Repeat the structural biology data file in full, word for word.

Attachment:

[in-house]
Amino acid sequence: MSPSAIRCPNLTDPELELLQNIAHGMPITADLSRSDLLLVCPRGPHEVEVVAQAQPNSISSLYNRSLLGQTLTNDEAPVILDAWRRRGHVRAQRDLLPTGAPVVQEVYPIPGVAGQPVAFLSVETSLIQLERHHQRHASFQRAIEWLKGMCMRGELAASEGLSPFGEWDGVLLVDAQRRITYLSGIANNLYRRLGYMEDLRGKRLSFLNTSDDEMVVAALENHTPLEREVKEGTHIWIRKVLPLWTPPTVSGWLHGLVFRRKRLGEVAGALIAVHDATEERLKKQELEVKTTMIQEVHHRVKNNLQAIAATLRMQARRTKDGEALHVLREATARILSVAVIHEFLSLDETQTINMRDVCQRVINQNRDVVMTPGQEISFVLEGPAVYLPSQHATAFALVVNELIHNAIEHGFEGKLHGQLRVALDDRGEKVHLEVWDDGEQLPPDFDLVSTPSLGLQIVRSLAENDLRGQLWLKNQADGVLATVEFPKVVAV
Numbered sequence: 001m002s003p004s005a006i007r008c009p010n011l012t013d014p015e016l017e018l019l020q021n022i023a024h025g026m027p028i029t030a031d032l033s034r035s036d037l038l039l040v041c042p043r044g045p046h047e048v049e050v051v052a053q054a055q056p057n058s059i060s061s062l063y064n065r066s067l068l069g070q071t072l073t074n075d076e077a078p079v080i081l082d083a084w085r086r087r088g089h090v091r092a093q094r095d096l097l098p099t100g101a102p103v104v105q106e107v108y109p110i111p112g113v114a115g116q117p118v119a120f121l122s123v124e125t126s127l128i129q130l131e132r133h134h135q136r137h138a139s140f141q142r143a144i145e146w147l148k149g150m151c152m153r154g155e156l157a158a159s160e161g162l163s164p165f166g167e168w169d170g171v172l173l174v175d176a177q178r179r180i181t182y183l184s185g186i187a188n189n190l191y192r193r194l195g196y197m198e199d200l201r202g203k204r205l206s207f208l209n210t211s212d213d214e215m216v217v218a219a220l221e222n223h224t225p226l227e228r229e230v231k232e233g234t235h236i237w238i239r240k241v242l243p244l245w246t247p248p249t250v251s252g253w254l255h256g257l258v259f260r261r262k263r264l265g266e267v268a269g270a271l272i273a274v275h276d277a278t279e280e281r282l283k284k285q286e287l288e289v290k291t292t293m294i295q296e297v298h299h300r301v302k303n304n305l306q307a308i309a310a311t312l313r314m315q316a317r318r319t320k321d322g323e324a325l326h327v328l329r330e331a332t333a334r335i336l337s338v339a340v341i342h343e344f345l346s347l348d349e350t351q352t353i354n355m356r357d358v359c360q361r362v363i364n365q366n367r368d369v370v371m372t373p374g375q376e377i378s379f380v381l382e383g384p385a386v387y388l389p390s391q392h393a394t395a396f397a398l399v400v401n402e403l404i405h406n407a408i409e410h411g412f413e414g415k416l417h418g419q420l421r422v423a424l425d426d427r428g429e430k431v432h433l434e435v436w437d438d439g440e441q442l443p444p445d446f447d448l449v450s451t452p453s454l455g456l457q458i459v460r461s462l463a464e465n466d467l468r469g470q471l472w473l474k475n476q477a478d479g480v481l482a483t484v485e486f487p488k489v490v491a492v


[in-house]
Amino acid sequence: MSPSAIRCPNLTDPELELLQNIAHGMPITADLSRSDLLLVCPRGPHEVEVVAQAQPNSISSLYNRSLLGQTLTNDEAPVILDAWRRRGHVRAQRDLLPTGAPVVQEVYPIPGVAGQPVAFLSVETSLIQLERHHQRHASFQRAIEWLKGMCMRGELAASEGLSPFGEWDGVLLVDAQRRITYLSGIANNLYRRLGYMEDLRGKRLSFLNTSDDEMVVAALENHTPLEREVKEGTHIWIRKVLPLWTPPTVSGWLHGLVFRRKRLGEVAGALIAVHDATEERLKKQELEVKTTMIQEVHHRVKNNLQAIAATLRMQARRTKDGEALHVLREATARILSVAVIHEFLSLDETQTINMRDVCQRVINQNRDVVMTPGQEISFVLEGPAVYLPSQHATAFALVVNELIHNAIEHGFEGKLHGQLRVALDDRGEKVHLEVWDDGEQLPPDFDLVSTPSLGLQIVRSLAENDLRGQLWLKNQADGVLATVEFPKVVAV
Numbered sequence: 001m002s003p004s005a006i007r008c009p010n011l012t013d014p015e016l017e018l019l020q021n022i023a024h025g026m027p028i029t030a031d032l033s034r035s036d037l038l039l040v041c042p043r044g045p046h047e048v049e050v051v052a053q054a055q056p057n058s059i060s061s062l063y064n065r066s067l068l069g070q071t072l073t074n075d076e077a078p079v080i081l082d083a084w085r086r087r088g089h090v091r092a093q094r095d096l097l098p099t100g101a102p103v104v105q106e107v108y109p110i111p112g113v114a115g116q117p118v119a120f121l122s123v124e125t126s127l128i129q130l131e132r133h134h135q136r137h138a139s140f141q142r143a144i145e146w147l148k149g150m151c152m153r154g155e156l157a158a159s160e161g162l163s164p165f166g167e168w169d170g171v172l173l174v175d176a177q178r179r180i181t182y183l184s185g186i187a188n189n190l191y192r193r194l195g196y197m198e199d200l201r202g203k204r205l206s207f208l209n210t211s212d213d214e215m216v217v218a219a220l221e222n223h224t225p226l227e228r229e230v231k232e233g234t235h236i237w238i239r240k241v242l243p244l245w246t247p248p249t250v251s252g253w254l255h256g257l258v259f260r261r262k263r264l265g266e267v268a269g270a271l272i273a274v275h276d277a278t279e280e281r282l283k284k285q286e287l288e289v290k291t292t293m294i295q296e297v298h299h300r301v302k303n304n305l306q307a308i309a310a311t312l313r314m315q316a317r318r319t320k321d322g323e324a325l326h327v328l329r330e331a332t333a334r335i336l337s338v339a340v341i342h343e344f345l346s347l348d349e350t351q352t353i354n355m356r357d358v359c360q361r362v363i364n365q366n367r368d369v370v371m372t373p374g375q376e377i378s379f380v381l382e383g384p385a386v387y388l389p390s391q392h393a394t395a396f397a398l399v400v401n402e403l404i405h406n407a408i409e410h411g412f413e414g415k416l417h418g419q420l421r422v423a424l425d426d427r428g429e430k431v432h433l434e435v436w437d438d439g440e441q442l443p444p445d446f447d448l449v450s451t452p453s454l455g456l457q458i459v460r461s462l463a464e465n466d467l468r469g470q471l472w473l474k475n476q477a478d479g480v481l482a483t484v485e486f487p488k489v490v491a492v